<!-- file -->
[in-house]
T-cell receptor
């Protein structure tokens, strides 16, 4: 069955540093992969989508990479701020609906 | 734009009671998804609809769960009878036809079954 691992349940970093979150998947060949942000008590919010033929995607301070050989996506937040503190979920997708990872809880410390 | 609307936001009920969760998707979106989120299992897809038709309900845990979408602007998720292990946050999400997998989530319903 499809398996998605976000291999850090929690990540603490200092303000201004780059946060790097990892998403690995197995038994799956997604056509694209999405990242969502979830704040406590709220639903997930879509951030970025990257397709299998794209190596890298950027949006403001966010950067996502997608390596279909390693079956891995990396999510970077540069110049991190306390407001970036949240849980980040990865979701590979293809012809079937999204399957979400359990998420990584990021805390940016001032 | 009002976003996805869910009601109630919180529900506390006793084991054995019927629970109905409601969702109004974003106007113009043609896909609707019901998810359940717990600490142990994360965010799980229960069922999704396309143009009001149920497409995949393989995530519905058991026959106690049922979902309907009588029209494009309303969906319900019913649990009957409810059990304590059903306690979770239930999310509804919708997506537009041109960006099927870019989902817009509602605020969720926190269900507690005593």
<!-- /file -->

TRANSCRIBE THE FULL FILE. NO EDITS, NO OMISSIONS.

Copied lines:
[in-house]
T-cell receptor
């Protein structure tokens, strides 16, 4: 069955540093992969989508990479701020609906 | 734009009671998804609809769960009878036809079954 691992349940970093979150998947060949942000008590919010033929995607301070050989996506937040503190979920997708990872809880410390 | 609307936001009920969760998707979106989120299992897809038709309900845990979408602007998720292990946050999400997998989530319903 499809398996998605976000291999850090929690990540603490200092303000201004780059946060790097990892998403690995197995038994799956997604056509694209999405990242969502979830704040406590709220639903997930879509951030970025990257397709299998794209190596890298950027949006403001966010950067996502997608390596279909390693079956891995990396999510970077540069110049991190306390407001970036949240849980980040990865979701590979293809012809079937999204399957979400359990998420990584990021805390940016001032 | 009002976003996805869910009601109630919180529900506390006793084991054995019927629970109905409601969702109004974003106007113009043609896909609707019901998810359940717990600490142990994360965010799980229960069922999704396309143009009001149920497409995949393989995530519905058991026959106690049922979902309907009588029209494009309303969906319900019913649990009957409810059990304590059903306690979770239930999310509804919708997506537009041109960006099927870019989902817009509602605020969720926190269900507690005593």